NFL American Football Match

NFL – A Guide to American Football

Is any sport in the world accompanied by more passion, more flash and pizazz, or more reverence than American Football? From those star-studded half-time shows to the victory parades, when confetti and ticker tape rains down from the city’s high-rises onto the shoulders of the Super Bowl’s world champions.

As the name suggests, the phenomenon that is American Football exists, for the most part, within the United States. True, it’s played in all corners of the globe – from Israel to Japan, Sweden to Canada – but the sheer spectacle of gridiron can be found in one place and one place only: the NFL. 

The National Football League is not only the top of the American football pyramid, but also the global pyramid. Anyone looking to see the sport played in its purest, most compelling form needn’t look any further than the NFL, which takes place over the course of 18 weeks – typically beginning in the autumn and running into the new year. 

Whether you’re looking to boost your knowledge ahead of the upcoming Super Bowl, or need to go all the way back to basics, you’re in the right place. Ready our DAZN Bet guide to everything you need to know about the NFL.

NFL 101: 

  •     NFL stands for ‘National Football League’. It is the highest professional level of American football within the United States.
  •     Each season, the NFL consists of 32 teams. 16 teams are from the National Football Conference (NFC) and the other 16 are from the American Football Conference (AFC).
  •     Each team will play a total of 17 games before a total of 14 teams (again, split evenly between the NFC and the AFC) progress to the play-offs.
  •     These play-offs decide a champion from each conference. Both of these champions will meet in one final game of the season – the venerated Super Bowl, which will decide the champion of the NFL. 
  •     The NFL has been around, under various names and formats, for more than a century.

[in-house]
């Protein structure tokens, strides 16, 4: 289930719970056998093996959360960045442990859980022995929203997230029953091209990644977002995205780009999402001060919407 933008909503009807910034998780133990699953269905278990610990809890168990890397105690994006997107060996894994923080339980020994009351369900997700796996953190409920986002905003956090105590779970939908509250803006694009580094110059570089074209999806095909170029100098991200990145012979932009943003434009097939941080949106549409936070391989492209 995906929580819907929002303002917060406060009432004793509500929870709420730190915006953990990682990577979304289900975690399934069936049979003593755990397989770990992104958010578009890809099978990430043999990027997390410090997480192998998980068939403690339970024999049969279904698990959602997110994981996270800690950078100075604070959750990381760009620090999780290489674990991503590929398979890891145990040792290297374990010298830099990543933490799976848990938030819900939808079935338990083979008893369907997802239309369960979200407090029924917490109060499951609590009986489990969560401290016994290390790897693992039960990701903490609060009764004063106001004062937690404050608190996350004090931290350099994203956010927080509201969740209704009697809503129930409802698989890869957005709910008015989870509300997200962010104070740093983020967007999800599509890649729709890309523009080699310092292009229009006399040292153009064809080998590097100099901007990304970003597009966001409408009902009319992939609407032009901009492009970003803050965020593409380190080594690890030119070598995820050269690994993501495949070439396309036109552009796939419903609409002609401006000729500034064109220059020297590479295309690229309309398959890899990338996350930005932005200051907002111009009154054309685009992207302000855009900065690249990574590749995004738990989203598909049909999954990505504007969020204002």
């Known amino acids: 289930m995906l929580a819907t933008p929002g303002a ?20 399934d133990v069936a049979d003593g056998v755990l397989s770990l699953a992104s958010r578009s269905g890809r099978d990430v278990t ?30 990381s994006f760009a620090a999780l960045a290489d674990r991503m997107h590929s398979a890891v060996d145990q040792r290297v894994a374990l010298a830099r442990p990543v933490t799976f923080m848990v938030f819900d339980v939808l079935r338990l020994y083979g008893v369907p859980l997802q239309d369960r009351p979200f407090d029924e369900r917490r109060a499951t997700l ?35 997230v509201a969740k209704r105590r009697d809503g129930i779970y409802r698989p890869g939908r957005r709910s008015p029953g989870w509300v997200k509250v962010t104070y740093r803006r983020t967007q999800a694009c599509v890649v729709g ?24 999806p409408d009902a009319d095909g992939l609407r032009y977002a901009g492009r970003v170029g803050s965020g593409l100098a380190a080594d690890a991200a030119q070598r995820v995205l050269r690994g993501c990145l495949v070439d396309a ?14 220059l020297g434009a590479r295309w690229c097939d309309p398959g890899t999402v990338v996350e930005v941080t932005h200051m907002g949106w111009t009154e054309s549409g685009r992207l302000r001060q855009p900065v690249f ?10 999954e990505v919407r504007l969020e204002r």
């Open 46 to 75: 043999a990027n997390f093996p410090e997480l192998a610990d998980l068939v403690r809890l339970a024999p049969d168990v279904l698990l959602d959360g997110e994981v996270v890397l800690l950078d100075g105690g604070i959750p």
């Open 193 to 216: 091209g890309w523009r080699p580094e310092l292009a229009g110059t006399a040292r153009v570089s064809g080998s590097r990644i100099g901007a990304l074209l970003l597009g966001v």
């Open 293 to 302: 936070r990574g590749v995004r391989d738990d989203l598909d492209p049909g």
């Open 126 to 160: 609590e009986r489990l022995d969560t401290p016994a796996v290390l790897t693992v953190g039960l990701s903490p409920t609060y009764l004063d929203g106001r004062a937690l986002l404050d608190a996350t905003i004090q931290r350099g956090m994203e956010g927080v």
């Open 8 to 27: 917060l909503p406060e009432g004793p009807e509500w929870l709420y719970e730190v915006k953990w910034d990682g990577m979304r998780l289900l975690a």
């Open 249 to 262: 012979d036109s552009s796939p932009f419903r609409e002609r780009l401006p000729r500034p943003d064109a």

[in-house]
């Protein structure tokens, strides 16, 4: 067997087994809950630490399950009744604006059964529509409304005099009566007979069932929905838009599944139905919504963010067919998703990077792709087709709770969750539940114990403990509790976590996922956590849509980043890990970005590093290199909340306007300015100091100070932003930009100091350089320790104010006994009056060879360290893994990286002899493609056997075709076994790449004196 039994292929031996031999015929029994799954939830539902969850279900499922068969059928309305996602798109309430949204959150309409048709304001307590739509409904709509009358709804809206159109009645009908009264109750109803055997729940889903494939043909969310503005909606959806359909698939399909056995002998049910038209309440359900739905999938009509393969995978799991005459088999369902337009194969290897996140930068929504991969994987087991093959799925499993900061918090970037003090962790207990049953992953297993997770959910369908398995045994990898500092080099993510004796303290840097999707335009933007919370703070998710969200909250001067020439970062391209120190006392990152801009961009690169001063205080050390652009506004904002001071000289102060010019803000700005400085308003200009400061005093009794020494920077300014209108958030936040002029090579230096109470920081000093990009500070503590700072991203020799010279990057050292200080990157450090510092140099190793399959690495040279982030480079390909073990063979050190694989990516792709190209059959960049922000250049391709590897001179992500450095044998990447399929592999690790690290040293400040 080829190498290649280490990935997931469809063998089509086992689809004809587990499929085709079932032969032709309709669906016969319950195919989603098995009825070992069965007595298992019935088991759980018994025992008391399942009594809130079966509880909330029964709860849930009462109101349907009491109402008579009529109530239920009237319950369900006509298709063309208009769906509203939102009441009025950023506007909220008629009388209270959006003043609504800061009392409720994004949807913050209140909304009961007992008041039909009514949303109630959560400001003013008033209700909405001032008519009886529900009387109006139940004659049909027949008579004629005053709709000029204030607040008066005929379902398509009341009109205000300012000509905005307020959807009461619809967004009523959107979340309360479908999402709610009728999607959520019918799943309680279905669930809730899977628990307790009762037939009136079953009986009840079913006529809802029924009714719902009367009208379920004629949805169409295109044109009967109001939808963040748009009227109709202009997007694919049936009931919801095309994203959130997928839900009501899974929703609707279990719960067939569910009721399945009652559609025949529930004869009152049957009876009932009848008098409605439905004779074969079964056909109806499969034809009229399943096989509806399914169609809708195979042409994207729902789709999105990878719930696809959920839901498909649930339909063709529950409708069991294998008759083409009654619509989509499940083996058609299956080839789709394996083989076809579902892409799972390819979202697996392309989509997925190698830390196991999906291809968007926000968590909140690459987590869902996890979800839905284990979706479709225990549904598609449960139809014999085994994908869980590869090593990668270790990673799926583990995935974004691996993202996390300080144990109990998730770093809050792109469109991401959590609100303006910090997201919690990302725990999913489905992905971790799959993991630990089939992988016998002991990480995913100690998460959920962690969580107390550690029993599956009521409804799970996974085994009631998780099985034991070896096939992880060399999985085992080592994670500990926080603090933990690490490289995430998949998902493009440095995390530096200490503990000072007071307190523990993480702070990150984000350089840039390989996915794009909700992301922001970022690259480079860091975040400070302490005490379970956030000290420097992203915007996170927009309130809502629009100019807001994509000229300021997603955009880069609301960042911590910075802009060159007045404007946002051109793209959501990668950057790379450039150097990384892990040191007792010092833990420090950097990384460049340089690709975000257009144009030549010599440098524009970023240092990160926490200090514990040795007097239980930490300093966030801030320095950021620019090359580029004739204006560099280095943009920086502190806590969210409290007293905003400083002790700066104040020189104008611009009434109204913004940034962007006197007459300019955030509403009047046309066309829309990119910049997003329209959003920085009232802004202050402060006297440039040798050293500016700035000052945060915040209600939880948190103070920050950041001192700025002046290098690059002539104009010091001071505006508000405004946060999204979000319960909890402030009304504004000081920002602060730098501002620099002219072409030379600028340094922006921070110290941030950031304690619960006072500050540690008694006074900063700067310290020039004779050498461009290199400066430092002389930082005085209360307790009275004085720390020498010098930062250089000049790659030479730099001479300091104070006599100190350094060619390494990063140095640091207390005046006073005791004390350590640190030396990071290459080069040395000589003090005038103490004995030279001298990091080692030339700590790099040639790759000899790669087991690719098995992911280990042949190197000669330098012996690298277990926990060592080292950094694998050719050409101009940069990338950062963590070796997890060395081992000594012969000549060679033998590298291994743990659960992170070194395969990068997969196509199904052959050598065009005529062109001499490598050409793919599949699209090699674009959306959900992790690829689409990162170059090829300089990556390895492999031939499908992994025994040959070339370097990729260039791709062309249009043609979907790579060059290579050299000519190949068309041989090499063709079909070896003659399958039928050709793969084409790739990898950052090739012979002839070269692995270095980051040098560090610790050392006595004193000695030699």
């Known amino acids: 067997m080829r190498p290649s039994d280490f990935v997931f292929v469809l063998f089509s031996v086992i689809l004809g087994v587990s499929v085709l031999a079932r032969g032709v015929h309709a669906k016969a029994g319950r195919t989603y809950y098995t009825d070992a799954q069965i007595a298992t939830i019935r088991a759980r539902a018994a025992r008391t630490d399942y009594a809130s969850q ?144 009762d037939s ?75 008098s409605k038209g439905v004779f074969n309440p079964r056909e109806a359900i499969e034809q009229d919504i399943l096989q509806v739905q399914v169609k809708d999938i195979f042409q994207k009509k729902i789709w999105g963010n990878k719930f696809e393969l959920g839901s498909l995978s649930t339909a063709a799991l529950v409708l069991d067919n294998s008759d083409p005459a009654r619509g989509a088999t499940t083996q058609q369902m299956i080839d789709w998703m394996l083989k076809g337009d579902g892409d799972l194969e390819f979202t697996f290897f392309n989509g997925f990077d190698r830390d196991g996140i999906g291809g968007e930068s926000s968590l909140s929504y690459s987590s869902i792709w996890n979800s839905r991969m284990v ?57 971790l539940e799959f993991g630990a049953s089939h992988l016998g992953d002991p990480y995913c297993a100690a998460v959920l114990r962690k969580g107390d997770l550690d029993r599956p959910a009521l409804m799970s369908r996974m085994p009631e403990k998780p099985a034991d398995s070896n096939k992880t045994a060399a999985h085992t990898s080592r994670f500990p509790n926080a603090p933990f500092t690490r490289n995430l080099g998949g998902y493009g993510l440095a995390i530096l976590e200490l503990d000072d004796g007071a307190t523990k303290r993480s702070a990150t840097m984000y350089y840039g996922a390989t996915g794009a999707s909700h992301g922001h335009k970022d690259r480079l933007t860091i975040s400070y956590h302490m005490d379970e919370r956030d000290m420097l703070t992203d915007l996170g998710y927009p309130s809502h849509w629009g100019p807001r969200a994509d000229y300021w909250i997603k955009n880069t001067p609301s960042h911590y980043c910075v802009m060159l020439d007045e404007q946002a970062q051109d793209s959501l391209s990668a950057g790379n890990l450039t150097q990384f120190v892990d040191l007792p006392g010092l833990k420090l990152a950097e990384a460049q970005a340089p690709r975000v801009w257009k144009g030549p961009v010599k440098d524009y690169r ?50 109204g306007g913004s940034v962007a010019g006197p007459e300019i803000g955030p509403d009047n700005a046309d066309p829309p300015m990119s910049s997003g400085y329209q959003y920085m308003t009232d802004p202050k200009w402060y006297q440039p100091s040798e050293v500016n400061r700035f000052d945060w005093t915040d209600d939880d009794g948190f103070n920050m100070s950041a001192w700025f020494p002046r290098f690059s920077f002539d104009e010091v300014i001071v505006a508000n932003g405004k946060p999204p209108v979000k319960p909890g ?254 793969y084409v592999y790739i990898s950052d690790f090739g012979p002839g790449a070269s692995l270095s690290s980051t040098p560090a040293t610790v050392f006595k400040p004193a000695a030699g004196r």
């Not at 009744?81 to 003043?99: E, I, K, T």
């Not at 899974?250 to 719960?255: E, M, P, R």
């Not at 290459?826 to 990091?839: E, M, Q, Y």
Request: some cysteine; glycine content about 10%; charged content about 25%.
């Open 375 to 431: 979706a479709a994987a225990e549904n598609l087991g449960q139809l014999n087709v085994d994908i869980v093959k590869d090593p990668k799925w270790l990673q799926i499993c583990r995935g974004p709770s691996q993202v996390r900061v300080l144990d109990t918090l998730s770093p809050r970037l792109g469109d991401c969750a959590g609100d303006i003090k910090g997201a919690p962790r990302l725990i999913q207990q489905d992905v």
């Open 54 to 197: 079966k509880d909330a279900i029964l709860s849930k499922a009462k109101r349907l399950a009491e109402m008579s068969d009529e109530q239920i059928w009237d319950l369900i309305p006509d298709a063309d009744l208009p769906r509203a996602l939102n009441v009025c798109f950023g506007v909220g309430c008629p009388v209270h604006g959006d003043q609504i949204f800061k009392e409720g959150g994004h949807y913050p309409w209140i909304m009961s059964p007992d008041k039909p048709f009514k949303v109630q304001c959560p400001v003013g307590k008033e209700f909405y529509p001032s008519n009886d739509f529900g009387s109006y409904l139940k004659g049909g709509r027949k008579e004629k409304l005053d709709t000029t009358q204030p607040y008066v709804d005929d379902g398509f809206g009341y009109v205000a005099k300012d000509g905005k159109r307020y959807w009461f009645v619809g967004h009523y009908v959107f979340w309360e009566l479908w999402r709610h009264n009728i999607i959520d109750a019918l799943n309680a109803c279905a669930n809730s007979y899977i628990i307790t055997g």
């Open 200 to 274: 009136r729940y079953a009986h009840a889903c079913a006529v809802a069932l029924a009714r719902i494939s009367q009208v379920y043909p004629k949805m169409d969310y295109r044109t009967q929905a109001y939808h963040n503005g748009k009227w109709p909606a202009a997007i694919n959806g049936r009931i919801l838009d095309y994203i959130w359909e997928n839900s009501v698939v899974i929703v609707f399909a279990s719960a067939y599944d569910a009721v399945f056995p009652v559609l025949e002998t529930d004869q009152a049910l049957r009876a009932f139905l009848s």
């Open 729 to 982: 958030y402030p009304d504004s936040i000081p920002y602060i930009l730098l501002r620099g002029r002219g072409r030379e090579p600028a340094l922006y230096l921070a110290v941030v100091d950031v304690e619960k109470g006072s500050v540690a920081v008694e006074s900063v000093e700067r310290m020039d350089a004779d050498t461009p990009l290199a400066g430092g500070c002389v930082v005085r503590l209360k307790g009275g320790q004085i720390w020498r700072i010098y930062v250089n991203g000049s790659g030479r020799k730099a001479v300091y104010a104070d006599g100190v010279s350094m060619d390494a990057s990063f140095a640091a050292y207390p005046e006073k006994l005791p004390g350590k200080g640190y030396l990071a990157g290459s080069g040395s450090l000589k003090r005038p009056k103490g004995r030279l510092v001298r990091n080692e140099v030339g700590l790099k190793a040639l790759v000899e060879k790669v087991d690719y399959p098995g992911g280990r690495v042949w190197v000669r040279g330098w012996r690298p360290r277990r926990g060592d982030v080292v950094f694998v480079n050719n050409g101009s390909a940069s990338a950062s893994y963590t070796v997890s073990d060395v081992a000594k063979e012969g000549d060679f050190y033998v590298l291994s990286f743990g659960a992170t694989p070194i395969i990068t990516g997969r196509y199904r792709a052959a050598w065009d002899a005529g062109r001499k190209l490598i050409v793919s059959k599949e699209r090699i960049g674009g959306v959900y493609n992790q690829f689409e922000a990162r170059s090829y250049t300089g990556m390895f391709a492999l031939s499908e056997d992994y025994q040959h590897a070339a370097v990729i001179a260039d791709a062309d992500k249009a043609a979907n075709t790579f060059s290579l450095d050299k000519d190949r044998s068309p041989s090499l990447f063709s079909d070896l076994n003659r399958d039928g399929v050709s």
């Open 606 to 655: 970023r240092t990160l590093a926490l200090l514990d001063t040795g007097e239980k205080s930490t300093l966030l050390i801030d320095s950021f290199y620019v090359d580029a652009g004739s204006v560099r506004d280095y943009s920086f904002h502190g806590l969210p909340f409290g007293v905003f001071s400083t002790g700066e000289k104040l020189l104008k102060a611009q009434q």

•     In terms of revenue, no other sports league can rival the NFL’s wealth. This comes as no surprise, given the incredible value of the Super Bowl’s ad-slots alone. In 2022, it was estimated that a 30 second ad played during the Super Bowl would set companies back around $7 million – which is around $233,333 per second. 
  •     Then again, what goes around comes around. The Super Bowl half-time show – a big favourite among fans – is a major expense for the NFL, with the bill exceeding the $10 million mark on some occasions. 

A Touchdown History of the NFL 

Before the League

The history of the NFL is tied to the history of American football itself, which stems way back into the nineteenth century when association football (now known as soccer on American shores, but simply football in many other parts of the world) and the sport of rugby were introduced to America. While there’s no way of knowing exactly how the sport evolved, we know that variations of American football were played across the country throughout the 1800s

Back then, the sport was unstructured, and the rules were – how shall we put this? – open to interpretation. Harvard University, for instance, hosted an annual ‘Bloody Monday’ competition, which saw the starters (freshmen) compete against the second years (sophomores). As the name would suggest, the competition was pretty brutal – mob-like, rather than organised – and would eventually be banned in 1860. Similar embargoes would be introduced on college campuses across the country. 

The first official American Football game was played in 1869, between Princeton and Rutgers Universities. However, very few official games took place in those early days, since many universities were reluctant to adapt their rules and find a ‘status quo’. Without that consistency, inter-collegiate games were few and far between.